However, there is a -p option that causes it to display a prompt when you are in command mode
-p option is meant to set a different prompt. When used, a side-effect is that ed starts in addition with prompt enabled.
Why is the default to have no prompt?
There is a default,
* (asterisk); it's just not switched on. Prompt display can be toggled by applying a
P command (*1).
Ed is meant as well for automated (scripted) use (*2). Having the prompt displayed for each command entered is at least annoying; on a real TTY it will waste a lot of paper.
To display no prompt by default seems sensible in an early environment, doesn't it?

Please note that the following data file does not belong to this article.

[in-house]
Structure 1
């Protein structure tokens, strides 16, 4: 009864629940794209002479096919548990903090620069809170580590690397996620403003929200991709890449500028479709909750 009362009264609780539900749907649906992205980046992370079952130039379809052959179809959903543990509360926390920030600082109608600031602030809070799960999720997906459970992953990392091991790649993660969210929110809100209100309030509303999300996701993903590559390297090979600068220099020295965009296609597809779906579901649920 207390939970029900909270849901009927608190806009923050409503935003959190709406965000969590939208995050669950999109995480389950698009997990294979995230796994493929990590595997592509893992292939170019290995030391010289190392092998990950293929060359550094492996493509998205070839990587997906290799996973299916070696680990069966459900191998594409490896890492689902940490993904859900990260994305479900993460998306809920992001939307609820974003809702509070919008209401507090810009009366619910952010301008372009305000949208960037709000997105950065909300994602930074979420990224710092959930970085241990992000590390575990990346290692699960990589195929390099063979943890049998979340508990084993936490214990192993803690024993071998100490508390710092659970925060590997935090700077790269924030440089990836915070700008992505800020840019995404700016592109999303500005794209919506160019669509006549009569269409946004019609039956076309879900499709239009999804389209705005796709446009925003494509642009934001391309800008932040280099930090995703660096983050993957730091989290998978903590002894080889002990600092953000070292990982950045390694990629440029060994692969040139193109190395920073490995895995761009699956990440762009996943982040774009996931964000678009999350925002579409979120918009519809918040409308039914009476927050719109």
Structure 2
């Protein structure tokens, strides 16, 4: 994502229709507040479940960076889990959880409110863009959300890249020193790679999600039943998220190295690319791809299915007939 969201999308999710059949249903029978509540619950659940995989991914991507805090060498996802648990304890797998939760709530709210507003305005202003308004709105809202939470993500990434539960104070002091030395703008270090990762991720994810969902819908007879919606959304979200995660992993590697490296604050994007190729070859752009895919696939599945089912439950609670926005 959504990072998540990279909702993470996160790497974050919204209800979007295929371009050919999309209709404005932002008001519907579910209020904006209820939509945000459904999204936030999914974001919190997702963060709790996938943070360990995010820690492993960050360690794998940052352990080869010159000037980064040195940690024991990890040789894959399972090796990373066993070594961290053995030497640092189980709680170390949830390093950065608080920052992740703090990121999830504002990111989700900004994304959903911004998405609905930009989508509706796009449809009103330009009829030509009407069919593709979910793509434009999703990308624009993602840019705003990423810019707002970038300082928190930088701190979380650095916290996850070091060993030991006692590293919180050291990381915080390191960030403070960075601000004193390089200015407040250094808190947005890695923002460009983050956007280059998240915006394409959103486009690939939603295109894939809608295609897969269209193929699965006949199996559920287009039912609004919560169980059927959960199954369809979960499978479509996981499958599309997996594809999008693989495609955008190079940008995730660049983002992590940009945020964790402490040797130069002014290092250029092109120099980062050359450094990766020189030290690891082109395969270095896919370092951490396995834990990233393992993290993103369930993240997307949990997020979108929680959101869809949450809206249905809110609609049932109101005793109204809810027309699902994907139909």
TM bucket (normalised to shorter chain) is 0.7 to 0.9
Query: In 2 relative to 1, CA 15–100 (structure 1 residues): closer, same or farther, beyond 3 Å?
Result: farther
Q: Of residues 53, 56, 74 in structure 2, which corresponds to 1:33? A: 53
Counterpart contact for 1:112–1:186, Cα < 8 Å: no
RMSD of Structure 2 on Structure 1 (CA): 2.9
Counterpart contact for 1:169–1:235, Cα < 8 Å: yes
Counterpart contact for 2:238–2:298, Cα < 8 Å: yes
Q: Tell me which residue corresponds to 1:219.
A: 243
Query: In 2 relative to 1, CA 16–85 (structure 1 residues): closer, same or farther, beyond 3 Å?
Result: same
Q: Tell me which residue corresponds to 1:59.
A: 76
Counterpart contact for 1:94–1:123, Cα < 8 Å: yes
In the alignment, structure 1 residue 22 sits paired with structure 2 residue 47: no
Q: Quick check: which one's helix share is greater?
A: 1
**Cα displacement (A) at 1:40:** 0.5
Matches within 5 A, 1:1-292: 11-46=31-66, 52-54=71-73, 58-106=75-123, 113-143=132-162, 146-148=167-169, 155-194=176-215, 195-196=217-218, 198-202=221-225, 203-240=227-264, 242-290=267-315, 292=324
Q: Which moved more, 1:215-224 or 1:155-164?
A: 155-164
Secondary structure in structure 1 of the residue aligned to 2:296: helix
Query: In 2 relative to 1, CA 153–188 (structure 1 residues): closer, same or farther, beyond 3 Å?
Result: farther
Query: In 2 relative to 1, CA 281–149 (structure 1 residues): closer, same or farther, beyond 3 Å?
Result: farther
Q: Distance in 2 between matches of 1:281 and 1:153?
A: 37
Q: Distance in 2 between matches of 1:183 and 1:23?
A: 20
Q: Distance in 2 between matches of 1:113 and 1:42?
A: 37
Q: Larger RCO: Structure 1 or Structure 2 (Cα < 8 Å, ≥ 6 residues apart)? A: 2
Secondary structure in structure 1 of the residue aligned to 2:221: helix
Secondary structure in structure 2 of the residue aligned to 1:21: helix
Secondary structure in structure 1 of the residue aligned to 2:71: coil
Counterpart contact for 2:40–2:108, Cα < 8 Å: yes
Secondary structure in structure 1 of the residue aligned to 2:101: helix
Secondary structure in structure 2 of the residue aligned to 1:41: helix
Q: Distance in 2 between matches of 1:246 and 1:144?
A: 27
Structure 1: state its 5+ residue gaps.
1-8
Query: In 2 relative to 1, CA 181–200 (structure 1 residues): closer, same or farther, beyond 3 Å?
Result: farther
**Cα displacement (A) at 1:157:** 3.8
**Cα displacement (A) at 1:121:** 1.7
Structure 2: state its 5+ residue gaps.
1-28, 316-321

In addition, it might be good to keep in mind that programming back then, especially when done online, was handled mostly in the head, not on a screen or alike. When using ed, one had to have a proper image present. Printing the whole file or just parts thereof would eat up a lot of paper and even more important time. Listing just a page would easily take a minute or two.
With that background it's rather trivial to keep aware what mode one is in. After all, it's not complicated, as default is command and input is only activated on request.
*1 - The prompt is a rather new addition as Stephen Kitt mentioned.
*2 - I always loved the feature to 'open' any shell command as an input 'file'.
In fact, ed even predates next to all other Unix tools as well as basic output direction itself (which was a shell feature until pipes were added in V3 (?)). So the standard way to capture a program output was to 'open' it as ed input file and save it as text file:
r !ls -l